Market researchers like nothing better than identifying “tribes”, or groups of people who exhibit certain traits that tell us something about society.
This week we have been introduced to the “Plebs” – people lacking everyday basic skills. A survey by WorldSkills found that a majority of Britons are unable to carry out household tasks such as changing a tyre and wiring a plug.
Meanwhile, Marketing Week revealed new research indicating that, although men are taking on more chores than ever in the home, they still need encouragement to bring parity between the sexes.
While the tabloid angle on such stories might be the failure of the UK education system to instil practical skills in the country’s youth, there are lessons here for marketers.
If people are unwilling to do these jobs, or unaware of how to, it does not just mean they are ignorant but that they have probably decided there is no space in their lives for the effort involved.
And neither, therefore, is there space for the products whose existence depends on consumers wanting to keep their houses and cars in order.
The inability to change a tyre is the symptom, not the sickness. It is a symptom of apathy towards all things mechanical. There is a good chance those same people have no idea how to polish the paintwork, clean the upholstery or change the oil in their cars, and neither will they have any inclination to buy the necessary paraphernalia.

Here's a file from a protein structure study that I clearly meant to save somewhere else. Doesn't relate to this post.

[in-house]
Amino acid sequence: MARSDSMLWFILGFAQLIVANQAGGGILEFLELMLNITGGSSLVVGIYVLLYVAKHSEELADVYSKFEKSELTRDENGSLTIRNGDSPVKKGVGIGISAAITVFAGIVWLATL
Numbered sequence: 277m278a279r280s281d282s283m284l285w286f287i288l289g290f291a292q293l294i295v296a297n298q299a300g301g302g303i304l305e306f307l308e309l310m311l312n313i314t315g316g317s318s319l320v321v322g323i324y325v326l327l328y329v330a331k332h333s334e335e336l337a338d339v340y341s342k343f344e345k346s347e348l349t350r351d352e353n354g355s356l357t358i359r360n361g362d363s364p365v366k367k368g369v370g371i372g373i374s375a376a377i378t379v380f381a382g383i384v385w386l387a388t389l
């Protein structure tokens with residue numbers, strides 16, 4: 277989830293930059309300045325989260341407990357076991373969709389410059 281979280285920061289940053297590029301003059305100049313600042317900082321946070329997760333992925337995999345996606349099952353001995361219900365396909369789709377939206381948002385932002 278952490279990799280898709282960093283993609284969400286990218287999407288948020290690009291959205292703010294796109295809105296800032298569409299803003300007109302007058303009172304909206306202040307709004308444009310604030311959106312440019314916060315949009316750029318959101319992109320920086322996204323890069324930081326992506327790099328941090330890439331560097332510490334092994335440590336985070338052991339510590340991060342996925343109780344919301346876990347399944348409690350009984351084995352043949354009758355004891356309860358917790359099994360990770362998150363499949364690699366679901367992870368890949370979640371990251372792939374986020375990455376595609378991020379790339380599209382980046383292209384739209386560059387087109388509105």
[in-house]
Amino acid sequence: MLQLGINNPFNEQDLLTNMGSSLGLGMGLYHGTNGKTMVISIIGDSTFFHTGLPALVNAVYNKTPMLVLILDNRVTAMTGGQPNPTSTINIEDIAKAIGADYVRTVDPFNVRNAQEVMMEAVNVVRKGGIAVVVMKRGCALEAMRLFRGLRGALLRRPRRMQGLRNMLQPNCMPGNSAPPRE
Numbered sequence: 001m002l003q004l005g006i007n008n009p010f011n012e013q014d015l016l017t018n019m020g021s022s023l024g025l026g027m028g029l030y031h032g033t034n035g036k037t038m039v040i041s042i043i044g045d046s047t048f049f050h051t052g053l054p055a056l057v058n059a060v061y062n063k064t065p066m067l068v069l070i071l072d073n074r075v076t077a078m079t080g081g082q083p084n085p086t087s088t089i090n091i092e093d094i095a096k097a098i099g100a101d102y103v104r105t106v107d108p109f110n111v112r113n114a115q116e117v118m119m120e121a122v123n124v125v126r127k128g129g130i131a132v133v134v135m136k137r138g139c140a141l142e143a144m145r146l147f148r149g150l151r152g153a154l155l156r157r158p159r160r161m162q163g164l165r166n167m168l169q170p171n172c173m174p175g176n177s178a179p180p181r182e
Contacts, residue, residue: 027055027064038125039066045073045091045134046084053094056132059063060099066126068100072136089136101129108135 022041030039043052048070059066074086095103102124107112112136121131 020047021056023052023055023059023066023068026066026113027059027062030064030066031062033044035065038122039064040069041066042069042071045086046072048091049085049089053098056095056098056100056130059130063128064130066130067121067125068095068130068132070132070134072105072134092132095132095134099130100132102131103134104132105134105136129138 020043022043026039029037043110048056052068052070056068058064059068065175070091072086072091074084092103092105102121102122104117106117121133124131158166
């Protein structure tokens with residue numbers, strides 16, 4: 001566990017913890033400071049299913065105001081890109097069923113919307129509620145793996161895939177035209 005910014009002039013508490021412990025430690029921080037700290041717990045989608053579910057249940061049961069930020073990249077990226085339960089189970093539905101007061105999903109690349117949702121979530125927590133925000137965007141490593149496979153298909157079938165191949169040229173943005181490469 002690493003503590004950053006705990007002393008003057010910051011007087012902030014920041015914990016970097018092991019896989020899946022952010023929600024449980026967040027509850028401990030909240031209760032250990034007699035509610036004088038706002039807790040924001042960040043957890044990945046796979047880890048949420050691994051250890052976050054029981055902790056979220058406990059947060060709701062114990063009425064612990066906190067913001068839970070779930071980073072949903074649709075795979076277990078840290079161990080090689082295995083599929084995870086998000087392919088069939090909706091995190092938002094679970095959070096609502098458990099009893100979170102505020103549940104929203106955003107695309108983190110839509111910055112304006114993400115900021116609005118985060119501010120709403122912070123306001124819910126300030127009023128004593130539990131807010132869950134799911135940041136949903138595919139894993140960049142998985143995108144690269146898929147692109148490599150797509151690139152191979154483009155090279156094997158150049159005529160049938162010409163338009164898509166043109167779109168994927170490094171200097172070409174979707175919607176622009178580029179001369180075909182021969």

It is good news for the local car wash or mechanic, but it is a marketing failure on the part of those brands who could be doing more to encourage personal pride in taking care of a car. It is in their interests to make it a pleasure, not a chore.
Similarly, men who do no cleaning or ironing will not be buying much by way of cleaning products or appliances. It is not because their lives could not be improved by them, but because they do not know or care enough to act.
It may well be true that modern life is busier than it used to be, and people do not have time for these tasks. It may also be true that young people are not being taught domestic skills. But it is equally true that some brands appear to have lost the link between advertising and aspiration.
But all is not lost. The renaissance in British cooking in the past decade or so is evidence that we can still get excited about simple, homely things – given a little encouragement, some confidence and a few ideas. There is no reason that enthusiasm could not spread through the rest of the home.